Upcoming attempts at over-regulation in South Dakota
The state requires licensing only for those who care for 13 or more children a day. That could change. The 2007 South Dakota Legislature likely will be presented with another bill to require licensing for those who care for fewer than 13 or at least for those who care for seven or more, said Susan Randall, executive director of South Dakota Voices for Children based in Sioux Falls.
Cities can have their own rules. Aberdeen has no ordinances on child care, but building codes address it, with regulations that apply regardless of how many kids are cared for.and..
"Often a parent's relationship with the child-care provider is such that the parent would be seen as a busybody if (she or he) went around the house and checked for safety features," Randall said.
So why not let the state do the checking, Randall asked.
Why not let the State do the checking? And at the same time, why don't we let the State wipe our bottoms while we're at it? For another point of view, let's look at what (likely opponent to the measure) Cindy Flakoll has to say:
The most important thing is making sure parents continue to control how their children are raised, said Cindy Flakoll of rural Leola. That's why she opposes more state child-care regulations, particularly on on smaller, home-based providers in rural areas.
Flakoll said she sees growing belief among professional educators that public-school systems and state education departments should oversee children's development and education from birth. That's disturbing because parents should be the overseers, Flakoll said.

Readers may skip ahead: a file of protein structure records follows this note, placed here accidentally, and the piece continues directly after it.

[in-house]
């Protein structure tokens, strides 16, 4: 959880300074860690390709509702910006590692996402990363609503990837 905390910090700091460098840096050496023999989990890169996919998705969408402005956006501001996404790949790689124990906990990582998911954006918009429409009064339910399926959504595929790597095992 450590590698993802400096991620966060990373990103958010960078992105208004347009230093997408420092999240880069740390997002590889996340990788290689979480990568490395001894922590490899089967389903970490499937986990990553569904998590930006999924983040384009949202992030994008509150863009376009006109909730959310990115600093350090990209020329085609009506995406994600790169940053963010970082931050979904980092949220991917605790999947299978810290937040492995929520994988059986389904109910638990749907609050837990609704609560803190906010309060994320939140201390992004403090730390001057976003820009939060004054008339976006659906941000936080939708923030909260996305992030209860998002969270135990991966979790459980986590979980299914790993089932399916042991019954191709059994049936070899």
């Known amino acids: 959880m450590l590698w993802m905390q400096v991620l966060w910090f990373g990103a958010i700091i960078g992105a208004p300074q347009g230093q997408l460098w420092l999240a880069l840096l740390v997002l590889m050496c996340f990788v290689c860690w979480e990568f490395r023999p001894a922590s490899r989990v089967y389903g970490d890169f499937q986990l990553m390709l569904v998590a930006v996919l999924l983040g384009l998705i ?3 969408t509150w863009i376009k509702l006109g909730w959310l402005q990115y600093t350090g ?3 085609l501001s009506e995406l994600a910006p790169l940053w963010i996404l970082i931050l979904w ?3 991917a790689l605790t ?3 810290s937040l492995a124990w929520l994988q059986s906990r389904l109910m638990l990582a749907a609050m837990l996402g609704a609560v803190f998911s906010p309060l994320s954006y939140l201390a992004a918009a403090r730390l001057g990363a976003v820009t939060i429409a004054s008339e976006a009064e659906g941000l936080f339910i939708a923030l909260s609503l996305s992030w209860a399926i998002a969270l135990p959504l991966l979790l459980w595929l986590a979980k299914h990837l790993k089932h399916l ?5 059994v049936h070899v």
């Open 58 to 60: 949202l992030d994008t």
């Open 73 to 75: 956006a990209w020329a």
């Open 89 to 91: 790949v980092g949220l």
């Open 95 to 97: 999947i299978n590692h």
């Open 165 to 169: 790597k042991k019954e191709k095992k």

This one hits particularly close to home for me, since over the course of my child rearing years (which still continue) I'm a conspicuous consumer of day care services. I've had my kids with licensed providers and unlicensed providers, and I've had good experiences and bad experiences. In one instance, over the course of several years, I've had a good experience which went to bad as the provider became seemingly (at least to us) disinterested and only did it because she always had.
In each and every case, if you can't tell from the bottom wiping comment above, I've found that the best arbiter of what is good and what is bad has been... well, my wife and I. Yes, "us parents" as consumers of child care services managed to figure out what was best for our children at a given point. And believe it or not, we didn't need the State's intervention to tell us. We used personal references and observation, and somehow managed to do it without a governnmental registry.
For most of my life, I guess I've had a lot of trouble with government continually encroaching in the realm of what should be personal decisions and responsibility. And this is no different.
Don't get me wrong. I strongly believe in the purpose of government. I believe in supporting it. (I must, I even claim the stuff I've sold on eBay as income). In all of history, I think no scholar would deny that the American system of government is the most successful form of government that has ever sprung forth on this planet.
But consider this - As we ask government to make more and more decisions for us, we're giving up more and more in the realm of personal responsibility. And moreso, the more we're giving up in the free authority that we allow ourselves to exercise.
In many places around the world and throughout history, freedom and rights are taken away by war, and dictators overthrowing free governments. In this day and age, we seem to be giving up our right to chart our own course through disinterest and attrition.
And generally, it's not taken away in big bites. It's a nibble of newfound illegality here, a crumb of regulation there. But over the course of years it adds up. Can anyone say that the American system is a freer system today, in comparison to 50 years ago?
So, back to the issue of allowing people to care for children - as they have for years - for 12 children or fewer without a license. I'd ask - would this measure increase our personal or our society's freedom or liberty? And if not, is the corresponding surrender of minor personal rights (or in this case, our personal decision making) to the government worth what we get in return?
In this case, I'd say that it fails both tests.